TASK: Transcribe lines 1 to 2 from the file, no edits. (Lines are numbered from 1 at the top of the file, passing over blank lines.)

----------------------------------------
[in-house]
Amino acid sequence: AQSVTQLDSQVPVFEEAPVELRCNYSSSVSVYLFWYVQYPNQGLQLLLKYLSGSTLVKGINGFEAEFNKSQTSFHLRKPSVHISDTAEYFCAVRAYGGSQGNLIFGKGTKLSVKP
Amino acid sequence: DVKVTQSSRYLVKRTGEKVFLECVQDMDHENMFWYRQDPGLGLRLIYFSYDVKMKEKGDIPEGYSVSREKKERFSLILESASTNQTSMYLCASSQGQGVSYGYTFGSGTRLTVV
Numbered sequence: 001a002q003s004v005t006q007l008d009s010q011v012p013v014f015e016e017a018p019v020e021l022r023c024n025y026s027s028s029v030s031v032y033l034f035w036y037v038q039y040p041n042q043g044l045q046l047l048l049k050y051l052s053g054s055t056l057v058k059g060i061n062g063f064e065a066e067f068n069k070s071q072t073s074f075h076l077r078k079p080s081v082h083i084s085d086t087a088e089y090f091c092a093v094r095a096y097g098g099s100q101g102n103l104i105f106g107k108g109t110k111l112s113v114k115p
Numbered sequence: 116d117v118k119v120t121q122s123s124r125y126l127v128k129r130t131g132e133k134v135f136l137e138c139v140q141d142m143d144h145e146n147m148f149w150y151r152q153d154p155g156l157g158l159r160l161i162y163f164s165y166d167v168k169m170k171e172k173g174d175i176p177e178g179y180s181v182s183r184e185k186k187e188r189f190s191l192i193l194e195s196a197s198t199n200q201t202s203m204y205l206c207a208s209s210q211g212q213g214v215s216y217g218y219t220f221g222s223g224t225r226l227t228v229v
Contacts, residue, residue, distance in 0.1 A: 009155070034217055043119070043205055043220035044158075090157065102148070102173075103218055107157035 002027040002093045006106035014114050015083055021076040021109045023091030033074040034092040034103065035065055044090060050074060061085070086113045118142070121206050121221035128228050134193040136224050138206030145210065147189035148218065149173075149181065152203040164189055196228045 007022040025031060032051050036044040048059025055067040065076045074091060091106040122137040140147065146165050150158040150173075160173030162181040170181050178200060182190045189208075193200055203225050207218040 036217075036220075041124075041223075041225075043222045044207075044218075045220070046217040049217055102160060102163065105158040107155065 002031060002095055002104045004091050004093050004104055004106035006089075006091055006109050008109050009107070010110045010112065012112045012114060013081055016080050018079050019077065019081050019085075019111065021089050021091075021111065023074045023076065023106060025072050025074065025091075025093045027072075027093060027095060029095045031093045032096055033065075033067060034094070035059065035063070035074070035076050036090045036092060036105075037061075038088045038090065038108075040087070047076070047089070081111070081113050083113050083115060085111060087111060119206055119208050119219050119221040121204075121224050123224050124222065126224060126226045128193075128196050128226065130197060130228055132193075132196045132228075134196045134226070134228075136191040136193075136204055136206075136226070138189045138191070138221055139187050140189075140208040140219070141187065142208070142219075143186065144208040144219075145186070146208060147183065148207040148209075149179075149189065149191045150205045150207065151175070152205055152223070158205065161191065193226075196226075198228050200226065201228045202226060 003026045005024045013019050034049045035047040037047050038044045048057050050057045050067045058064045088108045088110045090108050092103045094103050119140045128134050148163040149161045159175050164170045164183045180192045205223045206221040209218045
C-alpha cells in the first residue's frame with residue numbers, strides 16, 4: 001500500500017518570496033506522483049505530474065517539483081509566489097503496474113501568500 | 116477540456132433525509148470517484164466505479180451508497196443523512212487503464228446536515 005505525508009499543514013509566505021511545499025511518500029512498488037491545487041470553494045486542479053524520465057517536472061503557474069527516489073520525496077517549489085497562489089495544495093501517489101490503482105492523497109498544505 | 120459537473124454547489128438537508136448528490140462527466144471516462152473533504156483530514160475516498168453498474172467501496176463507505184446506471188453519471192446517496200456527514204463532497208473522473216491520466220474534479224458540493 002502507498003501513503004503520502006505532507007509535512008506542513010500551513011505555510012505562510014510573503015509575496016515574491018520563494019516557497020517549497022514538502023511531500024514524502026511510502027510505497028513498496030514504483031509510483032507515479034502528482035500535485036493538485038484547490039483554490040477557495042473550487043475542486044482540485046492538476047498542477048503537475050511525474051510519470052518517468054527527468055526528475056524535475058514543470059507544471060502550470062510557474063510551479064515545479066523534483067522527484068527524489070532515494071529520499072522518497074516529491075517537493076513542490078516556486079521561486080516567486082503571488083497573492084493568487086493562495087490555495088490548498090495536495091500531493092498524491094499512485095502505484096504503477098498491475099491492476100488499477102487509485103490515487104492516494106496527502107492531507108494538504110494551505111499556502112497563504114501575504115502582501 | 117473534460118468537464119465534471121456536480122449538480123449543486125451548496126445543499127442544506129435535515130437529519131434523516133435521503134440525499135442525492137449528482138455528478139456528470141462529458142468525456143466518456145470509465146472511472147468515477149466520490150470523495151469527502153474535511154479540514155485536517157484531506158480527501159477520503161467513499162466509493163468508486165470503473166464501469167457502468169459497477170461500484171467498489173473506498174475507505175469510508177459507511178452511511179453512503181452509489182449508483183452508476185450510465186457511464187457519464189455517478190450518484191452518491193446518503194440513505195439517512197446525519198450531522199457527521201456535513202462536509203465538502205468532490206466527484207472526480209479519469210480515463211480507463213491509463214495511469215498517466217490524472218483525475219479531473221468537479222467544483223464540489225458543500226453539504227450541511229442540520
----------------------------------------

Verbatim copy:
[in-house]
Amino acid sequence: AQSVTQLDSQVPVFEEAPVELRCNYSSSVSVYLFWYVQYPNQGLQLLLKYLSGSTLVKGINGFEAEFNKSQTSFHLRKPSVHISDTAEYFCAVRAYGGSQGNLIFGKGTKLSVKP